Tag Archives: database

ACL Desktop Gone in 5 Years?

Rumors have it that ACL will no longer be available on the desktop (laptop, or other local machine) in 5 years.

That is, according to an ACL user who attended the 2018 ACL Connections conference.

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Filed under ACL, Audit, Data Analytics, Scripting (ACL), Written by Skyyler

The Analytic Staircase for Auditors

analytic staircase stepsBuilding a successful audit analytics program is like climbing a staircase.

The staircase is a set of steps that consist of several items having increasing levels of maturity.

The staircase steps not only help you build your program, but enable you to measure that maturity.

As you view the staircase graphic, mentally insert the word “analytics” before each step.

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Filed under ACL, Audit, Data Analytics, How to..., Technology, Written by Skyyler

Do you have User IDs Hidden in the Cloud?

hidden-in-the-cloudIt’s 10 o’clock in the cloud. Do you know where all your user IDs are? Are some hidden in the cloud?

Cloud security if often cloudy because it’s not on premise where you can control it easier.

That means you may have powerful user IDs in the cloud that your security team knows nothing about, which means….

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Behind Locked Doors: Conclusion

office doorMost of the team deployed to the 2 departments and started emptying wastebaskets in the ‘wastebasket audit‘ exercise, collecting all the trash in large carts on wheels.

Two others were posted as look-outs in the main hallways outside the target department.

I carried my black bag of tools and approached THE door.

I pulled out my favorite flat-head screwdriver. Originally, I was going to remove the closing arm at the top of the door and then pry the hinge pins out of the hinges.

This is the fifth and final post in a series. See the previous post, Behind Locked Doors: Part 4. Start with Behind Locked Doors: Part 1.

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Behind Locked Doors: Part 4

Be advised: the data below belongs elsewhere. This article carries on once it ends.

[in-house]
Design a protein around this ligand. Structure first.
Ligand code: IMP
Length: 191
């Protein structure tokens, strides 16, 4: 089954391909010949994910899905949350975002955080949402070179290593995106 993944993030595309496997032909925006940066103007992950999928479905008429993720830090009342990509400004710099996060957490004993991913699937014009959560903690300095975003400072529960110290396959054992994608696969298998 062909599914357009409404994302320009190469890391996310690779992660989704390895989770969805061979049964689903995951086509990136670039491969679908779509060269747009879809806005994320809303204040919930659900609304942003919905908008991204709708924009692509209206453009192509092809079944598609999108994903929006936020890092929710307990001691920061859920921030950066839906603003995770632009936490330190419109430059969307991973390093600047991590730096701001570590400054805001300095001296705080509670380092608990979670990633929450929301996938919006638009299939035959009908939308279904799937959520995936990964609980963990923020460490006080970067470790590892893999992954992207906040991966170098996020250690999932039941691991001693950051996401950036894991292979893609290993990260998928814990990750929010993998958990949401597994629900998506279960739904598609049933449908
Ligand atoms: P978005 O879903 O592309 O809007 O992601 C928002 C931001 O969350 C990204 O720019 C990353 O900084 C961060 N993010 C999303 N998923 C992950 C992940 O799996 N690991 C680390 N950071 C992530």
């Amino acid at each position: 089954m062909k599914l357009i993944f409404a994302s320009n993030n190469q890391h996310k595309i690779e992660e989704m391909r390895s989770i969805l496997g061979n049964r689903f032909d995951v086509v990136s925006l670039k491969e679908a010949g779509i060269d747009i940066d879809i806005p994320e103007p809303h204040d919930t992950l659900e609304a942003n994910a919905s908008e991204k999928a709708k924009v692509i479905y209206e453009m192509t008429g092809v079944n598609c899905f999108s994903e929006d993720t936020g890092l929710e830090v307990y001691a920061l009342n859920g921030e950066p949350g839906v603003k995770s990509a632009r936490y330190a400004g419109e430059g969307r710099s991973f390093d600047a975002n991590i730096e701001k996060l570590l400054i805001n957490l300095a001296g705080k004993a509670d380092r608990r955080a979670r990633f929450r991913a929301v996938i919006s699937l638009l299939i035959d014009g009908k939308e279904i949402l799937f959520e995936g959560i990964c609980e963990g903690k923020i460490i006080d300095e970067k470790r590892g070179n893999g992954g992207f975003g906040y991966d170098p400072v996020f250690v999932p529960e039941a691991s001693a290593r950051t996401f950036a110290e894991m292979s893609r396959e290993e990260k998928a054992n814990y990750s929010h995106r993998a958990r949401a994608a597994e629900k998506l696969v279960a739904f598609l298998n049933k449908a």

office doorI had to get that database fast.

After a long security team meeting, garnished with lots of pepperoni and green olive pizza, we divided the staff into 2 teams.  Team A started scanning and probing the target department’s servers in search of vulnerabilities that would provide us with admin access over the network.

Team B started planning a physical intrusion in case Team A failed.

After a couple hours, I was notified that the vulnerability team came up short. None of the identified vulnerabilities could be used to escalate our permissions.

A member of the physical intrusion team called maintenance and requested help from a specific maintenance guy: Zeke. The security team member said that we “needed Zeke’s help locating an electrical breaker panel” in a certain department.

This is the fourth post in a series. See Behind Locked Doors: Part 3. The next post will be the conclusion.

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Behind Locked Doors: Part 3

batphoneA couple days after I provided Leeda with access to the suspect’s email, her number flashed on my phone again.

I picked up the phone and said, “Hi, Leeda. Find anything interesting in that guy’s email?” I  knew she wouldn’t tell me much, but I pried anyway. It was second nature.

I could hear the Internal Audit manager’s smile when she said,”Nice try, Mack. You know that street only goes one way, and you’re headed in the wrong direction.”